At His Majesty's Service

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At His Majesty's Service

Sunday, 26 May 2024 | Kumar Chellappan

At His Majesty's Service


Author: Chander M Lall

Publisher: RUPA

Price: Rs 295

Chander Lall's book offers a panoramic view of the Constitution, the history of India's Independence movement, and the social milieu of that era in an inimitable style, writes KUMAR CHELLAPPAN

Having worked with Central Government establishments for close to a decade and a half, this writer has come to the conclusion that a Government job is a safe haven for those with an IQ below par. Apart from the obvious security and regular salaries that accompany such a job, it also leads to some individuals barely doing any work worth its name. In fact, it is this sense of security that draws countless aspirants to seek a position in State/Central Government departments.

Recently, I came across the case file of a driver employed with the Andaman Lakshadweep Harbour Works whose service was terminated following unauthorised absence from duty for a period of eight years. It took years for the Central Administrative Tribunal to concur with his superiors that his continuous absence from duty for such a long period was devoid of any justification and uphold their decision to terminate his services. This is just one such instance of the freedom enjoyed by Government servants who are blissfully unaware of the landmine-paved paths of the private sector.

While modern-day Government employees are fortunate to enjoy complete freedom at their work places, things were not as smooth during the tenure of the British administration. Anyone, including officers of the high profile and elite Indian Civil Services, could be relieved of their responsibilities for the most innocuous of reasons.

It took a daredevil ICS officer like Inder Mohan Lall to take on the British administration by the horns and tutor them on the fact that there is due procedure to be followed in taking disciplinary action against any errant Government officer or lower staff. The Civil Service Regulations had given enough power to the then Federal Public Service Commission as well as the Government of India's Home Department under the Government of India act 1935 to "fire" anyone accused of misconduct while in service. The draconian rule did not have any provision to furnish the accused with a chargesheet, his version of the story holding no relevance.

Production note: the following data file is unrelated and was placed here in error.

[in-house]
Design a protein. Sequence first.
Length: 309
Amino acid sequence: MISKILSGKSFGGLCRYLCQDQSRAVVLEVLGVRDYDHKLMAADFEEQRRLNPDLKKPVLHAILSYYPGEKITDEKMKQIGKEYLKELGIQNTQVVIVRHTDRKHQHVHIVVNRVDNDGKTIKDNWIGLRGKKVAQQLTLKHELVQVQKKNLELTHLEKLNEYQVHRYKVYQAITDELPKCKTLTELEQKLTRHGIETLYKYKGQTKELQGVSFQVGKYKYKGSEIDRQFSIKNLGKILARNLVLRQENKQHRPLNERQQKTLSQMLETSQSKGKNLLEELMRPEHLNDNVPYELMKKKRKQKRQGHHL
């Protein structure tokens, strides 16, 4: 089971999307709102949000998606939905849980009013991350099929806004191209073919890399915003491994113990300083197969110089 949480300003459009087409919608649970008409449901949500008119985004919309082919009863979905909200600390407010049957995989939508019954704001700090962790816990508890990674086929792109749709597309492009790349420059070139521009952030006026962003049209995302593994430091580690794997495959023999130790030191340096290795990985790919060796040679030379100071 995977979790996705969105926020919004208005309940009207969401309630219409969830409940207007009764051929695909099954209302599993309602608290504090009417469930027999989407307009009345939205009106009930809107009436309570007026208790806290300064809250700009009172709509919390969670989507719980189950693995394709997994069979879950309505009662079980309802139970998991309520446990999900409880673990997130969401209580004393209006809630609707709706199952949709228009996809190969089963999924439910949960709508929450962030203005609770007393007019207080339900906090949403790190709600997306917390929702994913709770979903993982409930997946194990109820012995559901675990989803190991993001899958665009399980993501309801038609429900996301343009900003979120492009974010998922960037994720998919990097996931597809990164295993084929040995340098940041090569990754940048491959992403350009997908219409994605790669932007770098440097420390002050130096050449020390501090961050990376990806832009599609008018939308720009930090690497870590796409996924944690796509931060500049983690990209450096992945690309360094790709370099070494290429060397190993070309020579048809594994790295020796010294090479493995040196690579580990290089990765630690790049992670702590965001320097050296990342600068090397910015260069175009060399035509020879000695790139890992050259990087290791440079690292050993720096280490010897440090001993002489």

This rule was challenged by Lall, taking on His Majesty's Government from 1939 to 1948. The case culminated in Lall's victory as the Court ordered that the Government of India Act should have Article 311 which ensures that "no person who is a member of the civil service of the Union or an all India Service or a civil service of a State shall be dismissed or removed by an authority subordinate to that by which he was appointed." No such person as aforesaid shall be dismissed or removed or reduced in rank except after an enquiry in which he has been informed of the charges against him and given a reasonable opportunity of being heard in respect of those charges, the Court ordered.

Lall had faced a series of charges for his decision to appoint Sundar Das, his wife's nephew, as a subordinate staff in the court where he worked as district judge of the Hoshiarpur district. This antagonized some of the junior staff members who had eyed the post for themselves. Lall had taken stringent action against many Government employees for their corrupt practices so they were waiting for an opportunity to strike back. Sundar Das came served as the right opportunity for them to take it up with the Secretary of State. The latter appointed two commissions of enquiry, one after another, to foist cases on Lall in order to get rid of him from His Majesty's Service. The enquiries and the ensuing legal battle form the plot of his book.

What author Chander M Lall has done is to chronicle the events in a reader-friendly manner. He commences with his family history that includes Lall's life as a soldier in the British Indian Army during the First World War and how he made it to the ICS from where he was removed, based on the reports submitted by the enquiry commissions. We seldom go into the details of a new legislation enacted by law making bodies like the Parliament or legislative assemblies. However, each and every law enacted addresses a specific concern. The first time the Constitution was amended was to address certain difficulties arising out of rulings by the Supreme Court.

Famous cases like Golak Nath versus State of Punjab or Keshavananda Bharati versus State of Kerala were a follow up to the restrictions placed on the land ownership of individuals. Henry and William Golak Nath, two brothers, owned hundreds of acres of prime land in Jalandhar. But the Punjab Government declared that each brother could own only 30 acres of land and declared the rest as surplus land. The brothers challenged the Act and the apex court upheld the decision of the State of Punjab. Similarly, Keshavananda Bharati, the pontiff of Edneer Mutt, challenged the Kerala Government's move to take over vast stretches of land owned by the Mutt (monastery) as per the Land Reforms Act.

A constitutional Bench in a split verdict upheld the Kerala Government decision but ruled that Parliament cannot amend the basic structure of the Constitution while making such legislations. The Kerala Government's action was a specific move against Hindus as it left untouched thousands of acres of plantations belonging to other communities. No surprise that the title of Fali Nariman's last book was, You Must Know Your Constitution.

Chander Lall's At the Pleasure of His Majesty is an important work. It offers the readers a panoramic view of the Constitution, history about India's Independence movement, and the social milieu of that era in a truly splendid style.

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